Using the Kalman Filter for Auto Bit-rate H.264 Streaming Based on Human Interaction

Using the Kalman Filter for Auto Bit-rate H.264 Streaming Based on Human Interaction

Wei-Tsong Lee (Department of Electrical Engineering, Tamkang University, New Taipei City, Taiwan), Tin-Yu Wu (Department of Computer Science & Information Engineering, National Ilan University, Yilan City, Taiwan), Yu-Chieh Cheng (Department of Electrical Engineering, Tamkang University, New Taipei City, Taiwan), Yue-Ru Chuang (Department of Electrical Engineering, Fu Jen Catholic University, New Taipei City, Taiwan) and Shiann-Tsong Sheu (Department of Communication Engineering, National Central University, Taipei City, Taiwan)
Copyright: © 2013 |Pages: 17
DOI: 10.4018/ijthi.2013100104
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Human Machine Interface (HMI) and interactive systems applications are complex and diversified but human machine interaction in networks is even more complex. To design an interactive system, the designers must consider factors including design, technologies, people, activities and contexts. As the intermediary for human and machines, the interactive system takes charge of not only data transmission, display, storage and convertion, but also reactions to human behaviors. Based on human interaction, this paper focuses on the popular video streaming. As one of the most commonly used compression video formats, H.264 provides better quality at lower bit-rates than its previous standards in transmitting video/audio data. However, the quality of networked multimedia streaming easily fluctuates with the bit-rate variation. In order to maintain good video quality, this paper proposes to use the Kalman filter to implement the Auto bit-rate technique, which can regulate the bit-rate of the video/audio data automatically when the bit-rate is insufficient, and simultaneously guarantee the video quality. The experimental result proves that our proposed Auto bit-rate scheme can regulate the bit-rate to achieve the optimal visual quality and offer the best quality of service at the same time.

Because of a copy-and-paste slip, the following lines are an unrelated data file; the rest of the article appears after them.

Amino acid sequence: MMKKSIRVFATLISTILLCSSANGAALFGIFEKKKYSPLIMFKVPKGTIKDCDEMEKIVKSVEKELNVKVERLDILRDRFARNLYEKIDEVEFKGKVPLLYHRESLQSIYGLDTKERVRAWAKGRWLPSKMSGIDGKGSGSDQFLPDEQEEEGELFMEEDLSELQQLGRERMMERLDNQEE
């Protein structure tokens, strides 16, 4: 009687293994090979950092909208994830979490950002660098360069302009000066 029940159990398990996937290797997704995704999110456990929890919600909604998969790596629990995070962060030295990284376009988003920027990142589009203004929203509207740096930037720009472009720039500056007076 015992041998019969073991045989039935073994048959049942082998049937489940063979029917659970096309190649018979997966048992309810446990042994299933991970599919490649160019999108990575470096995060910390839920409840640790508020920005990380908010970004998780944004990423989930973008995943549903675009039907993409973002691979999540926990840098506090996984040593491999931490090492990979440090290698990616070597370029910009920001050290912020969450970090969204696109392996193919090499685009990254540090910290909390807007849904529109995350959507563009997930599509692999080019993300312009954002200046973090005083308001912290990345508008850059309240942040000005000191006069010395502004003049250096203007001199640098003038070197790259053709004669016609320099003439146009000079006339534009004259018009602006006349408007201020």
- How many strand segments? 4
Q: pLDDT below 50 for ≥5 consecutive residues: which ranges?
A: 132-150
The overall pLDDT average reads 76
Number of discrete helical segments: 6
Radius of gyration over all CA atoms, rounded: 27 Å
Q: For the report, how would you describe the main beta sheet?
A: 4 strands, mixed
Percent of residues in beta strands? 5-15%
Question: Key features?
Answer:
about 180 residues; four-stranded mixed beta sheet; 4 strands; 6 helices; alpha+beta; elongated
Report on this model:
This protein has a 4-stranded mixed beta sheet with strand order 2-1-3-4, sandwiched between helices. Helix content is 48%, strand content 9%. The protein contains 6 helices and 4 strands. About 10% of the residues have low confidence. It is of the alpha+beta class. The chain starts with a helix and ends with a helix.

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Introduction of H.264

H.264/AVC(R. Hinterseer et al., 2006; or called MPEG-4 Part-10, is a video compression standard developed by the Joint Video Team (JVT) of the ITU-T Video Coding Experts Group (VCEG) and the ISO/IEC Moving Picture Experts Group (MPEG; in December of 2001. With the identical technical content, this standard is named H.264 after the H.26x video standards by the ITU-T and MPEG-4 Part-10 or Advanced Video Coding (AVC) by ISO/IEC MPEG (officially known as ISO/IEC 14496-10). Usually, this standard is called H.264/AVC (or H.264/MPEG-4 AVC) (Tin-Yu Wu et al., 2012; I-Ju Liao et al., 2011). H.264 was initially developed by the ITU-T based on H.26L, a name that is far less common but still used. The final draft on the first version of H.264 was completed in May of 2003 and the second version was also defined in March of 2005.

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